Businesses can use effective sponsorships to add credibility to their brands, get in front of the right people and even improve their corporate social responsibility credentials. While, at its core, it is an exchange of money for services, a sponsorship can be so much more. More than a logo on an invitation or a branded banner at an event, it provides business access, connections, resource support, credibility, audience access, data, and helps to share public perception of your brand in a way that can be hard to achieve through internal marketing efforts alone.
Research by Marketing Charts found that in 2018, a company’s average spend on the sponsorship of an event was $20,000. Bizzabo also notes that at least 30 percent of businesses are allocating more than 20 percent of their total events budget on sponsoring and exhibiting at events. It is clear that businesses are open to sponsorship opportunities, and they are willing to throw a fair sum at events in particular.
While sponsorship agreements can often be mutually beneficial, it’s important for both parties to interrogate the value a sponsorship agreement can offer, and its potential pitfalls.
Understand your goal
It is essential that you have specific and measurable goals, so you know outcomes you want. What are you looking to get out of sponsoring an event, campaign or organisation? Many businesses just throw money at sponsorships as a ‘box-checking’ exercise, without thinking strategically about the value they can leverage from a meaningful partnership. What value is the sponsorship providing to your brand? How does the sponsorship fit within your broader marketing strategy? What audience will the sponsorship help you to access?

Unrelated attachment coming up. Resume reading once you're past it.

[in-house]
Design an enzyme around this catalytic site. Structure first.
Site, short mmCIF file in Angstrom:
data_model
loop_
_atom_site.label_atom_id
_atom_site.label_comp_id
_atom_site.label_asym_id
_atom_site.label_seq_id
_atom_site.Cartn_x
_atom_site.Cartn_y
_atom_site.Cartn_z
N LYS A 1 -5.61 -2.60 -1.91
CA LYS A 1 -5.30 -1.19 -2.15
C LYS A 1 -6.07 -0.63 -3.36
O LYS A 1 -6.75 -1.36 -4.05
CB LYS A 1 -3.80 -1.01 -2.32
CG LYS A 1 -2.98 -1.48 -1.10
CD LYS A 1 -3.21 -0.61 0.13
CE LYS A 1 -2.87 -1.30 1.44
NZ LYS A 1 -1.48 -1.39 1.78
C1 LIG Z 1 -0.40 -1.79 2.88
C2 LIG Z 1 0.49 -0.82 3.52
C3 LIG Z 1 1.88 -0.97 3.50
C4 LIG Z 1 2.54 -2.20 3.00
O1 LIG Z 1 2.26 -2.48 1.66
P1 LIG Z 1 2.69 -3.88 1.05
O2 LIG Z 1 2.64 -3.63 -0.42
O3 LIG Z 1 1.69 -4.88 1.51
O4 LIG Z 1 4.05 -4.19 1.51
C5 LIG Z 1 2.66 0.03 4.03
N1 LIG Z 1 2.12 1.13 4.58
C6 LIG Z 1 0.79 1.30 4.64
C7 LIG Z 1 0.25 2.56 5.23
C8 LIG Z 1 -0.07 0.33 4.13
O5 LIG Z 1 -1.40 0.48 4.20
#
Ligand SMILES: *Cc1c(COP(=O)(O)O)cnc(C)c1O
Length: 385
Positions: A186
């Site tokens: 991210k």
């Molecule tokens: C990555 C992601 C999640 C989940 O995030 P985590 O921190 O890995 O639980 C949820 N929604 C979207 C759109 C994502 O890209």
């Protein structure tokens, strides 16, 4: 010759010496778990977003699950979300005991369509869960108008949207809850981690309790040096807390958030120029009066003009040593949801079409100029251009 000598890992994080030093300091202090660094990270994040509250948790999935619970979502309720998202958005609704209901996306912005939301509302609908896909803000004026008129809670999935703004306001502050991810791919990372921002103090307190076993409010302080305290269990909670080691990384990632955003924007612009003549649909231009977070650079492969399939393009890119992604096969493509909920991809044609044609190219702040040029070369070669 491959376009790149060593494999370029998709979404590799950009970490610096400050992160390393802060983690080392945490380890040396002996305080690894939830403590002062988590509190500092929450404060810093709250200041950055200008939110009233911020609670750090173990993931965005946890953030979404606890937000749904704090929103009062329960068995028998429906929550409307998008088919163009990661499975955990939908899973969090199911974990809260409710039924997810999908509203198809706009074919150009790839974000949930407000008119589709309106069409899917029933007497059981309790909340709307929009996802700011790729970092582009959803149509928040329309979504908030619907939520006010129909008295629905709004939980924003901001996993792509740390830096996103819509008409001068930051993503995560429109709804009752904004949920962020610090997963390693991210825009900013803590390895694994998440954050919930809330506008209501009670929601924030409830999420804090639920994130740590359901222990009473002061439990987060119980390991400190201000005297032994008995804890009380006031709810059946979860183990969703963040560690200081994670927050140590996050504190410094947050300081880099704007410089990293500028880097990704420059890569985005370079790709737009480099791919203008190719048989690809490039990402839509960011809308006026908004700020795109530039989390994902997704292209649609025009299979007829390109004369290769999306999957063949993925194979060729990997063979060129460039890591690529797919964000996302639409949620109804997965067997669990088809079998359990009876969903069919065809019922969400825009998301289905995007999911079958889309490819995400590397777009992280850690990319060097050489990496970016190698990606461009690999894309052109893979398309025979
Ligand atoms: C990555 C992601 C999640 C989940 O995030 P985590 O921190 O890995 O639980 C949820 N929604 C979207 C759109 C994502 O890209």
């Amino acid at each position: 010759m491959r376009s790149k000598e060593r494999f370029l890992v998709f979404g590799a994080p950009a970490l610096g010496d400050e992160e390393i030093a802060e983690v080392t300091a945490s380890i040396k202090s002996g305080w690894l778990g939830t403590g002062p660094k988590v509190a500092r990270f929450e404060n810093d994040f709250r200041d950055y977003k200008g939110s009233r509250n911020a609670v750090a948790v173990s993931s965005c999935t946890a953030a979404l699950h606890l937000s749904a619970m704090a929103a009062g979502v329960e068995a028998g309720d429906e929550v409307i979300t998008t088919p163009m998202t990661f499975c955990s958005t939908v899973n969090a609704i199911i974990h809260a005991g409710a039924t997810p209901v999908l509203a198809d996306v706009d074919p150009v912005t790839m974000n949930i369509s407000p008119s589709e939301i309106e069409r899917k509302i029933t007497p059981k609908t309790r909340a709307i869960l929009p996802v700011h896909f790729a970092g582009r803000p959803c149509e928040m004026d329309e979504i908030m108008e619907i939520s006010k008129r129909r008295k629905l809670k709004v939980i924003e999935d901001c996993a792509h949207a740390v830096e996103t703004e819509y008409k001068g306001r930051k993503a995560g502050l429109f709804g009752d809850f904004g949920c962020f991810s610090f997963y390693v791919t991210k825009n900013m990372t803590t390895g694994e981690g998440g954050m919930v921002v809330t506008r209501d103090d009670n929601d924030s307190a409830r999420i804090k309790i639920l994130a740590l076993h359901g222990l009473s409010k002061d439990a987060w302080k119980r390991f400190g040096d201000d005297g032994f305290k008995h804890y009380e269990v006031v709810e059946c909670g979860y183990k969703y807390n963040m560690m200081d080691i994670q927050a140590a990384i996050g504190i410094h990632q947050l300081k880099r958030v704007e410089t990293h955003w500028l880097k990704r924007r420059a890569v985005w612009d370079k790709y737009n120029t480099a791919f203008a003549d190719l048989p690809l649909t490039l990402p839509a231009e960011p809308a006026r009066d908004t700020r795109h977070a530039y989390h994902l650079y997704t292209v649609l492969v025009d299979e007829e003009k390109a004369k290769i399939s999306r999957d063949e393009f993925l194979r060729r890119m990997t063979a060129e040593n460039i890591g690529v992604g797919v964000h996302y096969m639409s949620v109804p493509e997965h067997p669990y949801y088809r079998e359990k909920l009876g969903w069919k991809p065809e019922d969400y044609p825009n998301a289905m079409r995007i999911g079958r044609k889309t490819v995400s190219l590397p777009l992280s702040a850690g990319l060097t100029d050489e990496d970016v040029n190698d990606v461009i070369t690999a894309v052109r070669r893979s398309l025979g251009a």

The same goes for organisations looking for funding from sponsors. While it may seem easy (or perhaps necessary) in the short term to take cash from wherever you can get it, a more strategic approach will set you up for a long-term partnership that will help to ensure you sustainability. Consider what you need to secure your short term viability, but also think about what sorts of brands, individuals or organisations will align with you in the long term. Think about what resources you need for you ‘must-haves’ and what parts of your program are optional.
A partnership, not just a sponsorship
Choosing a cause or event to support can be a challenge for an organisation. Look for sponsorship opportunities that speak to your values as a business and that offer access to your chosen audience. Think of your sponsorship as a genuine partnership, not just a marketing spend, and you will be able to leverage maximum value out of it.
Consider also the reputation of the initiative you are looking to sponsor. In the words of Warren Buffet, “it takes 20 years to build a reputation and five minutes to ruin it.” It’s easier than ever, in our current digital age, for companies to make a misstep that can immediately tarnish their image and partnering with tarnished brands will likely hurt you more than it’ll help.
The same can be said for organisations seeking sponsors. The need for funds can make for poorly considered decision making, which results in an organisation accepting sponsor funds from a business which doesn’t align with their message or even works against it. Controversial sponsorships, such as Transfield’s sponsorship of the Sydney Biennale, which nearly resulted in an artist boycott, provide high profile examples of what can happen if organisations don’t think carefully about where they source sponsorships.
Overall, you’re on the right track if you can nail down a sponsorship that understands your goals, shares your values and audience and is well respected by the market. Establish an understanding of sponsorship expectations from both parties early on, and commit, communicate and cooperate.